Pull-up Resistors For I2C Bus


I2C Bus, like SPI, is also a master-slave architecture, but it differs from SPI’s point-to-point or point-to-multipoint structure. It uses a bus structure, allowing multiple masters and multiple slaves to be connected to the bus at the same time. The most important component of the I2C Bus is its pull-up resistors. However, many people have questions about how much resistance should be used and what will happen if they don’t add any or add the wrong value. Here, we will answer these questions one by one and explain the calculation methods, so that you can understand clearly how much resistance is needed for the transmission speed you require.

I2C Bus Structure

In addition to a pair of pull-up resistors Rp, each I2C device may also choose to add a pair of resistors Rs for interference suppression as needed (especially when the SDA and SCL wiring passes through special interference sources). When using I2C, the most troublesome task is to calculate the value of Rp and select a suitable value of Rs for each chip. The value of Rs should be selected according to the actual interference situation of each chip, but the resistance value is generally limited to ≦ Rp/10 (or about 330 Ohms). Because once Rs is not 0, the true Rp(Total) of the chip will become Rp+Rs. Choosing an Rs that is too large will cause Rp(Total) to deviate too much from Rp, affecting the operation of the chip. Rp is generally in the range of 2K~7K Ohms.

  • A smaller Rp value results in a waveform that is closer to a square wave, but is more power-consuming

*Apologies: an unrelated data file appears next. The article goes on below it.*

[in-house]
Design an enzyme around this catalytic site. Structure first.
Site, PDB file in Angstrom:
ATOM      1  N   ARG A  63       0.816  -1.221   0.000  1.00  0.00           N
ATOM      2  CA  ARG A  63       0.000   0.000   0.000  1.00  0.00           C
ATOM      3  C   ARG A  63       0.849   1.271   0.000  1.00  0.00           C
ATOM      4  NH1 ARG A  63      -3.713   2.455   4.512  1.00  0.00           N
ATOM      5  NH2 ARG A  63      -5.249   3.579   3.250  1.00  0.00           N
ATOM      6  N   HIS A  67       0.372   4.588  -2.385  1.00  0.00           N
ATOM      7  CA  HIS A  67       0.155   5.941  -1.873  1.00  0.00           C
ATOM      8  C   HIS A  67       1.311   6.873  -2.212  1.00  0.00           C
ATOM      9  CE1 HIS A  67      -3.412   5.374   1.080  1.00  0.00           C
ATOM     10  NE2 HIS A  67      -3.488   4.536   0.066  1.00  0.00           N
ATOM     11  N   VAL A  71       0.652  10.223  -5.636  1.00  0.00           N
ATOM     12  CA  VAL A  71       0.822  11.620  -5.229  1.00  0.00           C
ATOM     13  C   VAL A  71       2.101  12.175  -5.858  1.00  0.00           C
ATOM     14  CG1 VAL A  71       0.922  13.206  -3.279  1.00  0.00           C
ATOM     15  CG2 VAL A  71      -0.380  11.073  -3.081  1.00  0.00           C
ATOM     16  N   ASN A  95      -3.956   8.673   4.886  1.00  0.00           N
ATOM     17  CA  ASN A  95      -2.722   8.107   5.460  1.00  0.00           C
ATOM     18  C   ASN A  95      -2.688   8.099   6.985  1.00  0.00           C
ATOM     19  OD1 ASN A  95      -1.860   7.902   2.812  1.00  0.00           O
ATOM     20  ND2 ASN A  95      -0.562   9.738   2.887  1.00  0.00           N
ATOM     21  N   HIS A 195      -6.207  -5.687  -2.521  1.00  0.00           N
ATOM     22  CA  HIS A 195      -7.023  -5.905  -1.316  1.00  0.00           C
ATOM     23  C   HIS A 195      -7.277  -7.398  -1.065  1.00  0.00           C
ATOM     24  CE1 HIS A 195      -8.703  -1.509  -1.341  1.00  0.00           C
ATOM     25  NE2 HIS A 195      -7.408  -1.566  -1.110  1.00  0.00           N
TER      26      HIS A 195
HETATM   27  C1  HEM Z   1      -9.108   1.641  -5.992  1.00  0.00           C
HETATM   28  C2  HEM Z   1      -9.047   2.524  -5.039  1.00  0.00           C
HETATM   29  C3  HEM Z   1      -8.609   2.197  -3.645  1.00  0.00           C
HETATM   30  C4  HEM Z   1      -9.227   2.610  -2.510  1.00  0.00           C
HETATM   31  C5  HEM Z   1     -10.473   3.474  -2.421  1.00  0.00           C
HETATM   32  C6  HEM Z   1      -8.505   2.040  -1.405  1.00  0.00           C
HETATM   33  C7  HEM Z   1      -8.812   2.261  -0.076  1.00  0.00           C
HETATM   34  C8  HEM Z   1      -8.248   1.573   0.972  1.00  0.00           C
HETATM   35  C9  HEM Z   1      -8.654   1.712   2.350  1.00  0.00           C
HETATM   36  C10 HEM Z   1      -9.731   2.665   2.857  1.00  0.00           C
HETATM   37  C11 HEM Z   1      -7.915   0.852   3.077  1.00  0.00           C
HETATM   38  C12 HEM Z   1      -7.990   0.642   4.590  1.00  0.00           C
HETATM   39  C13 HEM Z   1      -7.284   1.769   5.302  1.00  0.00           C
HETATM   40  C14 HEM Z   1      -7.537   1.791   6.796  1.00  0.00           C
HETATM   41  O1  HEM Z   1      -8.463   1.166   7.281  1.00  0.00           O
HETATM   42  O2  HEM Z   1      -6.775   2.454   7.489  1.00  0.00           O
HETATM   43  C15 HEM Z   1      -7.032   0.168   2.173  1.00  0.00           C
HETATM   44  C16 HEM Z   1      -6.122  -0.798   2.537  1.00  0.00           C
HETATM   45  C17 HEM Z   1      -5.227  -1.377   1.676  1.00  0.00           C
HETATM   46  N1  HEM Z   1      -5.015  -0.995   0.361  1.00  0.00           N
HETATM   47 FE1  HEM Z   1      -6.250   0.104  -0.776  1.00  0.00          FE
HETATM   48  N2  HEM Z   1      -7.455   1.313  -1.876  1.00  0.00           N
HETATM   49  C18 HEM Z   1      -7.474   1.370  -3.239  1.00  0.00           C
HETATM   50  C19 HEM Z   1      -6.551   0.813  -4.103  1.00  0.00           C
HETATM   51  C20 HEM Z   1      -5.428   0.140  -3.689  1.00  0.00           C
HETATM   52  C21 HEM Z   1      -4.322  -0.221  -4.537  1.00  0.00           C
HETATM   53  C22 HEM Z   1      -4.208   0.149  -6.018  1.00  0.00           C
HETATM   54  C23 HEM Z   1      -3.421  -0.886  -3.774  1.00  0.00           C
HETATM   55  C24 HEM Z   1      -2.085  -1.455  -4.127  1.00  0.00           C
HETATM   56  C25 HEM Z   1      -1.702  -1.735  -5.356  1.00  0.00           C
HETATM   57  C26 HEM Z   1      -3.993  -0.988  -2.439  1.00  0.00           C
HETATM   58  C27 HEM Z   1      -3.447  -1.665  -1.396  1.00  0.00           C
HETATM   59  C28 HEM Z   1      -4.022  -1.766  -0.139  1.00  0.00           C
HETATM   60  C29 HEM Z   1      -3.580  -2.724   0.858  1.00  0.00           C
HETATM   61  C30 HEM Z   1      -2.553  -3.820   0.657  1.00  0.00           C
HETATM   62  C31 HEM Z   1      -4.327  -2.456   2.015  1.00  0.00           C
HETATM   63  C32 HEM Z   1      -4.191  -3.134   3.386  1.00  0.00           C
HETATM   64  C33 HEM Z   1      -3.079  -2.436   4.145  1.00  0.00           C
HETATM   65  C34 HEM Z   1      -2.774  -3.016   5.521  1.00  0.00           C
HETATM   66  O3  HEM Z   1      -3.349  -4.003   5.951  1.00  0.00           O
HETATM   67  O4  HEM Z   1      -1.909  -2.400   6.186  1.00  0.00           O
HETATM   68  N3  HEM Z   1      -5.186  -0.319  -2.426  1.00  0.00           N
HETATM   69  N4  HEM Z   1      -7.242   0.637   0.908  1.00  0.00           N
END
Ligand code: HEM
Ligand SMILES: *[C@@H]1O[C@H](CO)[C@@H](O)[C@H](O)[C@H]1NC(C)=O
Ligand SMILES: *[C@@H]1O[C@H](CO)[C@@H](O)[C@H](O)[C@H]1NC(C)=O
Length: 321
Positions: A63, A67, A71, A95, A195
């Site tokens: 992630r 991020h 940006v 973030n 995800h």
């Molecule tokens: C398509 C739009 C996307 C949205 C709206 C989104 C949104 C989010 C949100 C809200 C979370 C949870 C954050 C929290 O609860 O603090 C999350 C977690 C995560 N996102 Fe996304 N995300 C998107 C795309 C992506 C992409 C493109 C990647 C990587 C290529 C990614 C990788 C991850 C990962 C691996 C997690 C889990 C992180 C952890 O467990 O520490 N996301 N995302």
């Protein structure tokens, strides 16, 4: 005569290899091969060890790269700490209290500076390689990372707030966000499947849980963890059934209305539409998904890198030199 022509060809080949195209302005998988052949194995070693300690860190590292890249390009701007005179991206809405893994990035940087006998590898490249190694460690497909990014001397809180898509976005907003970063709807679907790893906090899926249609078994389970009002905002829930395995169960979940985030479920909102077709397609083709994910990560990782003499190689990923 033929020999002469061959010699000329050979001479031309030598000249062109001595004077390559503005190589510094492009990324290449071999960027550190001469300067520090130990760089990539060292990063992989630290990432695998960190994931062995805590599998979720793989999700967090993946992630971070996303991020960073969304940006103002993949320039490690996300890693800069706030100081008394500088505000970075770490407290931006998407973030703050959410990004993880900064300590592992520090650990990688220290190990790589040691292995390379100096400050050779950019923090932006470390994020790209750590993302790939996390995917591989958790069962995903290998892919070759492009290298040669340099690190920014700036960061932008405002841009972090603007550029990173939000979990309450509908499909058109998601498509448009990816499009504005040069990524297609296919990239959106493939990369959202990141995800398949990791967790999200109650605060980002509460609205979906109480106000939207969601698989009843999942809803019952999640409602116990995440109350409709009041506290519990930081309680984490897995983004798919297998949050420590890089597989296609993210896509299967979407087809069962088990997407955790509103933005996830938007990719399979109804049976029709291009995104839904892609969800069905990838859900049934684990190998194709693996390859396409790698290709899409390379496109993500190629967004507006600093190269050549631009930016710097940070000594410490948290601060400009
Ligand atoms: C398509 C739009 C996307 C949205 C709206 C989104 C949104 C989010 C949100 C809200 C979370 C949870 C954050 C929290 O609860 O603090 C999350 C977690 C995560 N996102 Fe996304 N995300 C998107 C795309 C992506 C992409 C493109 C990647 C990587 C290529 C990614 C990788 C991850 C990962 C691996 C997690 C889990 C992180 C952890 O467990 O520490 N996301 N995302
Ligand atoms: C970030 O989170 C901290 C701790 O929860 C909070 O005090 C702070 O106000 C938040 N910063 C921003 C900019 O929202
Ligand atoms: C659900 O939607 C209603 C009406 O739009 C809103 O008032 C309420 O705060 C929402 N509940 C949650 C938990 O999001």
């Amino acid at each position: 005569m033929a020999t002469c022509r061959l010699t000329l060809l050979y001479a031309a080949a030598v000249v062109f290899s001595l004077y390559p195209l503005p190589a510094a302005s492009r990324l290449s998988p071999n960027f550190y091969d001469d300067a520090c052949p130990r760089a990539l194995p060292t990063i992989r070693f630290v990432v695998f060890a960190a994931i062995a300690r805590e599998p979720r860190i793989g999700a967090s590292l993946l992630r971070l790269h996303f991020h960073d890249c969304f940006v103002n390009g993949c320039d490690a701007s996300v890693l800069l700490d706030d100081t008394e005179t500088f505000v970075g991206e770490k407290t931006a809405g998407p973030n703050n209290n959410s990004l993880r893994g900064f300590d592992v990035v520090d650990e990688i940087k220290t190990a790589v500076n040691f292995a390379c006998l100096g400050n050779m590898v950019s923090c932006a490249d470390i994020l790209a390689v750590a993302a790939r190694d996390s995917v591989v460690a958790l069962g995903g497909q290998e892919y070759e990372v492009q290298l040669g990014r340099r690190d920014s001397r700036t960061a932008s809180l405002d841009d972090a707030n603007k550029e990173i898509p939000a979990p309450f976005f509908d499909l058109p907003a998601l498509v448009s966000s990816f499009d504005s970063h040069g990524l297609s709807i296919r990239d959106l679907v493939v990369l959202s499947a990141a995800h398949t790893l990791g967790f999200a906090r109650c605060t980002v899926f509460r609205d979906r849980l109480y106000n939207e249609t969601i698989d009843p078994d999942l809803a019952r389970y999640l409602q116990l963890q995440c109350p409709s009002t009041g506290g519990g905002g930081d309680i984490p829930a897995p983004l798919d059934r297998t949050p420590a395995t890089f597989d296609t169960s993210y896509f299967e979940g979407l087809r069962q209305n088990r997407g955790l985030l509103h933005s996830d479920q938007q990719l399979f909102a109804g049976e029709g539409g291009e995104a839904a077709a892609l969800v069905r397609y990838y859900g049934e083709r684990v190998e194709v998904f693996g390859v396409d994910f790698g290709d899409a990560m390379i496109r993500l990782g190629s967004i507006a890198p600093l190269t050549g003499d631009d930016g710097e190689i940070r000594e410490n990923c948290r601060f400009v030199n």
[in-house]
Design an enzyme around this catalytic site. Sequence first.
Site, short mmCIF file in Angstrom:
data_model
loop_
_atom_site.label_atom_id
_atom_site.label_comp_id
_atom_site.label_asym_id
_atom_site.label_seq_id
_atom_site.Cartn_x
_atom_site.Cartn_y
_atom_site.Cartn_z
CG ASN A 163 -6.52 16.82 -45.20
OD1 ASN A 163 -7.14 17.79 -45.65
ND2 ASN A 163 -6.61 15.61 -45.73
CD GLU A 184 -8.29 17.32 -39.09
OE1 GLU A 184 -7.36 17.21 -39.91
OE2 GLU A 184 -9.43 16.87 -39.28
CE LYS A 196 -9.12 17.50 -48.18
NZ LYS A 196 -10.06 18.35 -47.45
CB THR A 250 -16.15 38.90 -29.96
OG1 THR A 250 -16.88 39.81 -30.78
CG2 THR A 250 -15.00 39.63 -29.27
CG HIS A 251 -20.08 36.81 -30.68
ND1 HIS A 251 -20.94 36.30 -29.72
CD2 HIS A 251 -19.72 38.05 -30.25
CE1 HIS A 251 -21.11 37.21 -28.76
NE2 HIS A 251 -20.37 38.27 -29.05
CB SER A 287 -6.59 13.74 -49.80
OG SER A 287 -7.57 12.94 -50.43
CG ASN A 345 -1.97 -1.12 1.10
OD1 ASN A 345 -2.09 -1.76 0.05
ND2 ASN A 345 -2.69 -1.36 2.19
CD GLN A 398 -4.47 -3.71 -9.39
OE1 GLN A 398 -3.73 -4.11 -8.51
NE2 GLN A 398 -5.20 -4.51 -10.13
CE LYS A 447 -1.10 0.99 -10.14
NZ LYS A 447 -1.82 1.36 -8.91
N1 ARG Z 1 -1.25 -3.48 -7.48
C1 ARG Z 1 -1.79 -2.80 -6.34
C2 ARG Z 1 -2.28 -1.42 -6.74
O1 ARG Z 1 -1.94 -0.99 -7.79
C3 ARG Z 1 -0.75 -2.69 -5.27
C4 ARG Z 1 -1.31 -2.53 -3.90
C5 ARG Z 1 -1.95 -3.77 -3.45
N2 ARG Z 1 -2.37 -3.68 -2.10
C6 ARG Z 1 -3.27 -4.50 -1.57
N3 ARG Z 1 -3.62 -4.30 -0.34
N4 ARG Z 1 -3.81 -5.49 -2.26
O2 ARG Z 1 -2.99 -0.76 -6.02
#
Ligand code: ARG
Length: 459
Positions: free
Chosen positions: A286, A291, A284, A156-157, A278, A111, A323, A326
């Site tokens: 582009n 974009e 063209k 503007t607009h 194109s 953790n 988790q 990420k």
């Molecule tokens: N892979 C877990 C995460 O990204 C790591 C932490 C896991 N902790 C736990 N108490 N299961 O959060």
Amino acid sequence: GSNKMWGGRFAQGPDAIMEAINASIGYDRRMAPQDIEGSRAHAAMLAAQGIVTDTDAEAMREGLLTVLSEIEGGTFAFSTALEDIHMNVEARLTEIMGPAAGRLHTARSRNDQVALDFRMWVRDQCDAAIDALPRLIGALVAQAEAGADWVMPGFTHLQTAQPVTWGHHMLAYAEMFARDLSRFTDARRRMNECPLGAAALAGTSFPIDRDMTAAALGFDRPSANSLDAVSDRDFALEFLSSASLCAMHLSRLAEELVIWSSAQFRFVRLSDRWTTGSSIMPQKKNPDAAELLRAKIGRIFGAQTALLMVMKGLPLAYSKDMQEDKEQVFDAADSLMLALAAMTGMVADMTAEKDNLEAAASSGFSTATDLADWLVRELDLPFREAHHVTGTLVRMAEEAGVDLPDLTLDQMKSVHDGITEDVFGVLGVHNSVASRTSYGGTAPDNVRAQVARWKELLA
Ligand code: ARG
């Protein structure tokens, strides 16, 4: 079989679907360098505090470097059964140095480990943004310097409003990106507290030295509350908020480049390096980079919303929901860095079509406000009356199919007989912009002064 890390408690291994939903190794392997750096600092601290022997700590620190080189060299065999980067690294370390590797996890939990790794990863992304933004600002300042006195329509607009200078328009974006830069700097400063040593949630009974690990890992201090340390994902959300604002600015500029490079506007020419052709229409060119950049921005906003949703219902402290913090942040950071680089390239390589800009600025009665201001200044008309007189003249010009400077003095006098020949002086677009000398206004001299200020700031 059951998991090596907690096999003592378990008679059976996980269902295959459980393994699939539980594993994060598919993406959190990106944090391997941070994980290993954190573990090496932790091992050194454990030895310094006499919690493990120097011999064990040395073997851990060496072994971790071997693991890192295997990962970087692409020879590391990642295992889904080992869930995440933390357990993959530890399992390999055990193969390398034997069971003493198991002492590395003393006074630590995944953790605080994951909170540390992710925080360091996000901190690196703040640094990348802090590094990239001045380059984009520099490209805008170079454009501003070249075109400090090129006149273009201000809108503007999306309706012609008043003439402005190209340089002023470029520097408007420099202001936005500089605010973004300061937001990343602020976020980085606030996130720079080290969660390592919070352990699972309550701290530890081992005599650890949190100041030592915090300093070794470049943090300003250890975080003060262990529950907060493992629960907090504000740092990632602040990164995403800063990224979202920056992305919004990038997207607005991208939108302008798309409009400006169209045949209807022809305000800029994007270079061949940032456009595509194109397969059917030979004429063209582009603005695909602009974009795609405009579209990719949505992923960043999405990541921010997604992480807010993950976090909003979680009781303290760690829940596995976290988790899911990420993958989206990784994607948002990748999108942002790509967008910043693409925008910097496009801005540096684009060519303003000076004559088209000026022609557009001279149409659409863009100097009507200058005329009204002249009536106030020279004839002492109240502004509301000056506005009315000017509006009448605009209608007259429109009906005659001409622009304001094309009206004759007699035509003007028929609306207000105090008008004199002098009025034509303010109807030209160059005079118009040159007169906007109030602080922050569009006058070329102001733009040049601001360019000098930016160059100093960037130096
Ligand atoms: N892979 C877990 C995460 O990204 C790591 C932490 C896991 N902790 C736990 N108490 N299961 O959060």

• while a larger Rp value is more power-efficient but results in a waveform that is more susceptible to the effects of charging and discharging of capacitors in the circuit
(according to the latest I2C specification document from NXP )

In-depth exploration of I2C bus structure

Output Low
Output High
  • The Output Low circuit can be interpreted as the low-side driver in an I2C device “opposing” the pull-up resistor RP when it wants to pull SCL or SDA to low. The RP resistor impedes the signal from being pulled to high. The ability of the low-side driver to pull the signal to a lower level depends on how much current it can pass through.
  • Output Highcircuit is a typical RC voltage charging circuit.

The voltage on the capacitor in this circuit can be expressed using a scary-looking but simple mathematical formula:

V(t)= VCC(1 − e(t / RC

The voltage of VCC is fixed, and as the voltage on the capacitor increases, the voltage drop across the resistor decreases, so the current flowing through the resistor to charge the capacitor decreases. As a result, as the voltage on the capacitor increases, the rate of voltage rise slows down.

I2C pull-up Resistor waveform diagram

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